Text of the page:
ONE of the important aspects of celebrating International Day of the Girl-Child on October 11 is that it gives the much needed focus for the world to address challenges girls face and also to promote girls’ empowerment.
Empowerment of girls comes in different forms, but a more striking one is having women in different societies telling and showing by example that the girl-child can successfully participate in male-dominated circles.
In Zimbabwe, some women musicians are using music not only to represent the girl-child but to highlight that women can achieve greatness in genres that have being dominated by male artistes.
One group which is doing so is Nobuntu, a quintet a cappella vocal ensemble made up of young women from Bulawayo.
Established in 2011, the group has ventured and made it in a space mostly dominated by men.
The female musicians are effectively using music to portray the economic, political as well as socio-cultural aspects of Zimbabwe’s heritage.
Recently, Nobuntu announced a US tour beginning this month up to November.
The tour, their second this year, will see the group performing in 25 venues across the US and these include universities, theatres and museums, among others.
Speaking on behalf of the group, Duduzile Sibanda said the tour is an opportunity for them to spread and educate the US about Southern African culture and traditions.
The tour presents an opportunity for cultural exchange, making Nobuntu an ambassador of local traditions and culture.
“We are on a two month tour in the US. It is one of our annual US tours and we will perform in 15 States.
It is really a busy schedule for us and it means work, work, work at last! After the COVID -19 wave, we are happy to be travelling again.
It also gives us another opportunity to spread messages of love hope and peace as well as to educate and inform the US about Southern Africa, our music origins, culture and traditions,” she said.
Sibanda also highlighted that the tour will also avail the group with the opportunity to showcase new songs and dances.
“We definitely have new songs on this tour; more jazzy with a touch of imbube.
The dances to be performed are isitsthikitsha (Ndebele), isetape (Tswana ) and amabhiza (Kalanga). It is going to be a wholesome show,”she added.
According to Sibanda, the name Nobuntu is derived from an African concept that values humility, love, purpose, unity and family from a woman’s perspective.
It is a very powerful group that identified a gap on the musical landscape by realising the absence of an all female group in a cappella across the country.
Sibanda also highlights that Nobuntu’s collection is a fusion of traditional Zimbabwe rooted music with some Afro-jazz, Gospel and imbube crossovers in pure voices with minimal percussions and traditional instruments like the mbira and some dance movements.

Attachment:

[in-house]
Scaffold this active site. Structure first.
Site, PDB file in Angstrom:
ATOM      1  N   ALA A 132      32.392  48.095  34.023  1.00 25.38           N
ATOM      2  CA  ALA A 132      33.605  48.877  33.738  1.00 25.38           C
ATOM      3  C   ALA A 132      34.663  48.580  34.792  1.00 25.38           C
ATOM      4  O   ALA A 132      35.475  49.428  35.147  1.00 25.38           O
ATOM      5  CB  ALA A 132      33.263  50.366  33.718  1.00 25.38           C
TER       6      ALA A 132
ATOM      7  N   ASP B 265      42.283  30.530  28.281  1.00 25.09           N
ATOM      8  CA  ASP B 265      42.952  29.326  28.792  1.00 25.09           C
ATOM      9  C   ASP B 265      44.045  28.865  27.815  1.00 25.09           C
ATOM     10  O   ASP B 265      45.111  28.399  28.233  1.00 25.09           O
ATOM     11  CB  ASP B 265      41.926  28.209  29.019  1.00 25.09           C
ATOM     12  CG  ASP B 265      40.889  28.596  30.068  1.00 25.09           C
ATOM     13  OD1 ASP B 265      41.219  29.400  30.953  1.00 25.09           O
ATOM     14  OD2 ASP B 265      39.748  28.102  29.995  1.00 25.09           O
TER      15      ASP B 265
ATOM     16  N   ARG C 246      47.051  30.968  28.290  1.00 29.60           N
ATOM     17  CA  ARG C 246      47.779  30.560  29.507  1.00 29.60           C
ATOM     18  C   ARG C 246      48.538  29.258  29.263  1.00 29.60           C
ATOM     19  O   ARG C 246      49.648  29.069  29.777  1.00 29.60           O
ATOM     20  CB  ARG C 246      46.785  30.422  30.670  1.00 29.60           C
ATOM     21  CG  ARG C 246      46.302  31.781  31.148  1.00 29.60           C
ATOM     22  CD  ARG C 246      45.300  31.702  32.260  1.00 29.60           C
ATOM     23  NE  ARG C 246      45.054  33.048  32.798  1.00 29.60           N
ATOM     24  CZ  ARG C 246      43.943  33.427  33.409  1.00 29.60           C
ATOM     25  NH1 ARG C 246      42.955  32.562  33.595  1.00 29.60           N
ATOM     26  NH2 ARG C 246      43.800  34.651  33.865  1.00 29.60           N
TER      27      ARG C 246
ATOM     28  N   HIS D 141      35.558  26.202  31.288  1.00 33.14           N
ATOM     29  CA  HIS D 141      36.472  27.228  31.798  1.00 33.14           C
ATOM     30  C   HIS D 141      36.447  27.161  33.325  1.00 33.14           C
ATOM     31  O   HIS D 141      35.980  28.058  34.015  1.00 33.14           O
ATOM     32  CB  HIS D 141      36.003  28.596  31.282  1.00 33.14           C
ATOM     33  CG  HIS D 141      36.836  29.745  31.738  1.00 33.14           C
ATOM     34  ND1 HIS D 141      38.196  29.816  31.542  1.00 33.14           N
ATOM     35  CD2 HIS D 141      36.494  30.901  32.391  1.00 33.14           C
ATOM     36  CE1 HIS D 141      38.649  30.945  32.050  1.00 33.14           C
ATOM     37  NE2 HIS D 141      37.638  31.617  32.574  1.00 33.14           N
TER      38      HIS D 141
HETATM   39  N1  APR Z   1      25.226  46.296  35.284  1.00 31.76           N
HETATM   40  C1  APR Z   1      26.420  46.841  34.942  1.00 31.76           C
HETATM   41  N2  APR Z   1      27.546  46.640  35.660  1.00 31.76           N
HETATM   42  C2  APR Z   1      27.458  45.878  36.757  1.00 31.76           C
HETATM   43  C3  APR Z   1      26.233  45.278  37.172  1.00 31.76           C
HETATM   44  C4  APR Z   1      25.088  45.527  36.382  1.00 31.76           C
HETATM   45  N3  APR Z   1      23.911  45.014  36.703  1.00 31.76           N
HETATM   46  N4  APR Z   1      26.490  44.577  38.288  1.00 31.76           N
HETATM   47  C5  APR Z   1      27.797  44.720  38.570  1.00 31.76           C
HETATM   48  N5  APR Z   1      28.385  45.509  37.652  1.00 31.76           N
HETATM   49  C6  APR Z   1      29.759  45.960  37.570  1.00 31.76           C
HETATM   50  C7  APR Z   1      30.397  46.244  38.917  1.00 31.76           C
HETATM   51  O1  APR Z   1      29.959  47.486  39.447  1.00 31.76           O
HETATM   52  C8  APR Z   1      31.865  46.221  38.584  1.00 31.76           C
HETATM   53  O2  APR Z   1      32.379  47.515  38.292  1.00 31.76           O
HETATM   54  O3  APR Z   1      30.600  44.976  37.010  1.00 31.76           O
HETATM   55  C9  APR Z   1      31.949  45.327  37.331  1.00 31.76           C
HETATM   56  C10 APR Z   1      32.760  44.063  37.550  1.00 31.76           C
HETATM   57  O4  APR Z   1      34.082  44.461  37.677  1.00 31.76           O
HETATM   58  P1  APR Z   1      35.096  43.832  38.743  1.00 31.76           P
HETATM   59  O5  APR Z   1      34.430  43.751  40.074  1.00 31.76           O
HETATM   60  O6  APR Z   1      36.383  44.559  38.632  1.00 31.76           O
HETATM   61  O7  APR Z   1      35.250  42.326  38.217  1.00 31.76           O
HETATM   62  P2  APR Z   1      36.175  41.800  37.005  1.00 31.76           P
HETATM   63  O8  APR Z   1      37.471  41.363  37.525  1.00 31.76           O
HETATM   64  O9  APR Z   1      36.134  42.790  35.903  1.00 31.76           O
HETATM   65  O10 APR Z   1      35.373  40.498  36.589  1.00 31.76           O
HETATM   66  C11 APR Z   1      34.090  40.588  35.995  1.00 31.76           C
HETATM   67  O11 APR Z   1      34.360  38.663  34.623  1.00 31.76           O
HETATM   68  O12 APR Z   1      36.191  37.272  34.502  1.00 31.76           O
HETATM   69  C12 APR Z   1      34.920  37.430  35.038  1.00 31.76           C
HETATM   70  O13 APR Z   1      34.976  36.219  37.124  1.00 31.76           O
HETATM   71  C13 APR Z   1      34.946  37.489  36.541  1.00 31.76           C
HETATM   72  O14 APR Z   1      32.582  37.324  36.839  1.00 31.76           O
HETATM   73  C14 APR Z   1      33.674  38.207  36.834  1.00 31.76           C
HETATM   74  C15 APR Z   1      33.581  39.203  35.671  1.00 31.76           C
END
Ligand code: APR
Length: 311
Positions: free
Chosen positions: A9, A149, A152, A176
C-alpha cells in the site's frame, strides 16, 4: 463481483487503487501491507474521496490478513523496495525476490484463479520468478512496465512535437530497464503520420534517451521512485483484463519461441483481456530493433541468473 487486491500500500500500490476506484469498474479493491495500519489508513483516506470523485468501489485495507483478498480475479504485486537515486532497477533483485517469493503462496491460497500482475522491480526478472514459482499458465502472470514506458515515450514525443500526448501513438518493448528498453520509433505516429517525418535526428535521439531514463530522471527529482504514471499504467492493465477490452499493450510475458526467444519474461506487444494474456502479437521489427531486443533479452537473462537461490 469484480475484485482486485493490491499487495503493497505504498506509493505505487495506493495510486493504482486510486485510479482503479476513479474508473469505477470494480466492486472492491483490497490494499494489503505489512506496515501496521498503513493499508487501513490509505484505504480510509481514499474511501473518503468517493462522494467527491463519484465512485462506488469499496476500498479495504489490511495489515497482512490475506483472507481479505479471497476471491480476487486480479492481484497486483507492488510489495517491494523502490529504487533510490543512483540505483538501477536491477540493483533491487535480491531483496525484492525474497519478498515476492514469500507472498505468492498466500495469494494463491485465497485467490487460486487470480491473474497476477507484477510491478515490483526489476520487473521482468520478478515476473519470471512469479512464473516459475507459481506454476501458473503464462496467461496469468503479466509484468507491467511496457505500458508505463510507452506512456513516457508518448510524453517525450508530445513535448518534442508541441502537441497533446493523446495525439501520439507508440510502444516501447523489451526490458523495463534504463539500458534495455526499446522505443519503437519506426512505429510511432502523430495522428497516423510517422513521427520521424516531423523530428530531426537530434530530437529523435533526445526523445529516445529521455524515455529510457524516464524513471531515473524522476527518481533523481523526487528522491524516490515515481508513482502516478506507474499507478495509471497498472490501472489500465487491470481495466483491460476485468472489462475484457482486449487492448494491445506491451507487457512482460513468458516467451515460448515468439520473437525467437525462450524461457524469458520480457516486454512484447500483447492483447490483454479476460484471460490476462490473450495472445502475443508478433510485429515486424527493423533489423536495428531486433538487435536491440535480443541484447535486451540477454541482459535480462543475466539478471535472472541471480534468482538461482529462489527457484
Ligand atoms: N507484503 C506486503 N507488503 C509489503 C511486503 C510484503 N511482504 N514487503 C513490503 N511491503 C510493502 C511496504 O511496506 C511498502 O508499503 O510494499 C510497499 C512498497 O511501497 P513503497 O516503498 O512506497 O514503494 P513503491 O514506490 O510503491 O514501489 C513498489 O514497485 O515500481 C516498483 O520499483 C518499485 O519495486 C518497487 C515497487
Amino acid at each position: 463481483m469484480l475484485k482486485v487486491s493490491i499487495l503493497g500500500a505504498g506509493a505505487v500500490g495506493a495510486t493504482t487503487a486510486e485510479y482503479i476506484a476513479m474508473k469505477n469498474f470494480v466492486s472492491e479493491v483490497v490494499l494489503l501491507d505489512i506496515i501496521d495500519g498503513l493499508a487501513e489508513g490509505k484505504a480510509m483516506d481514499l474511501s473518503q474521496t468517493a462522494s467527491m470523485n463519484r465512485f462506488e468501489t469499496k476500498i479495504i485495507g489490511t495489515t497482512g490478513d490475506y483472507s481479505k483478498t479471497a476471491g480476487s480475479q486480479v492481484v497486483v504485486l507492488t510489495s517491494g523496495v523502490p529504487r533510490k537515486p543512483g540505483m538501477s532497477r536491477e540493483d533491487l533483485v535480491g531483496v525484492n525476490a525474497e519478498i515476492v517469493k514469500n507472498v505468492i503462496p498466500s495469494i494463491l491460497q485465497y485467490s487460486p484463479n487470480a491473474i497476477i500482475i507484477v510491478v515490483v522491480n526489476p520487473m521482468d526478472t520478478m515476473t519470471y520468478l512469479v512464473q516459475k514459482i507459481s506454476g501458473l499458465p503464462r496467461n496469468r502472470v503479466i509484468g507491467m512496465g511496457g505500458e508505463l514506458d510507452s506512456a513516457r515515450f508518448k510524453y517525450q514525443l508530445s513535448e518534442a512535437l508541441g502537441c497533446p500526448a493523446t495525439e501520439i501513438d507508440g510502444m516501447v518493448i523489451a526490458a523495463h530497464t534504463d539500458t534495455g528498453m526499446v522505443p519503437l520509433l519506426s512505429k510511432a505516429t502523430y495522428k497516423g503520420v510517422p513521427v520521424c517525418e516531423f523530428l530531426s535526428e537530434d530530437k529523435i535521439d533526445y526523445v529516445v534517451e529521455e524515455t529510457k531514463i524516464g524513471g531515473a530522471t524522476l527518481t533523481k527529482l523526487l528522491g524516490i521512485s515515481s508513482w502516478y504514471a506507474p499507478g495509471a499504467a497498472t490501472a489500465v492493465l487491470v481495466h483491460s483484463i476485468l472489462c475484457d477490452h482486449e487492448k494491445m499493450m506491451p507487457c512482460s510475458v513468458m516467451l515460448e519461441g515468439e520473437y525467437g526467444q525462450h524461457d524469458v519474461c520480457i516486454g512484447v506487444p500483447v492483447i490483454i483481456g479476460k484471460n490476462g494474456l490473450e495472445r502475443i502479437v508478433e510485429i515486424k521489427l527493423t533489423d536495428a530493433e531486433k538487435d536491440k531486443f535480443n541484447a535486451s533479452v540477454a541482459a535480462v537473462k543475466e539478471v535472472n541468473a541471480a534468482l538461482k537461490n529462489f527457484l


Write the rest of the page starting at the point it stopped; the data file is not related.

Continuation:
The group is a multi-award winner and represents a unique generation of women singers who celebrate and preserve their culture, beauty and heritage through art.
To them, being in the industry involves celebrating the capabilities of women and showcasing what girls and women can do.
History of the involvement of women in the local music industry highlights the plight of women on their journey to be appreciated in the society.
Nobuntu, therefore, believes music is one of the most crucial and original wheels of change that can address issues of racial, tribal, religious, gender, economic and political boundaries.
Groups, like Nobuntu, are evidence that women can also have a huge impact in their communities and sectors such as the music industry.
Music has been a part of African women’s lives since time immemorial. Zimbabwean women sang songs to communicate and express their feelings or celebrate life changes.
During pre-colonial times, women used song to cope with the day-to-day challenges of life, to manage their daily chores, deal with their emotions, air their grievances, challenge oppression and celebrate womanhood.
A fusion of their voices, energy and amplified performance on stage is an experience that communicates a message of resilience in womanhood.
The release of their debut album in 2013, titled ‘Thina’,immediately took them beyond borders to countries such as Austria, Germany, Belgium and the Czech Republic; playing in concert halls, theatres and festivals such as Voice Mania in Vienna and Trans-vocal in Frankfurt-Order.
Nobuntu also have two more
abums — ‘Ekhaya’ and ‘Obabes Bembude’
— to their name.
So influential and powerful has been their art that the group has frequented big stages across the Americas and Europe, playing in countries such as the US, Canada, Switzerland, Poland, Germany, Austria, Belgium, Italy, Mozambique and Eswatini, among others.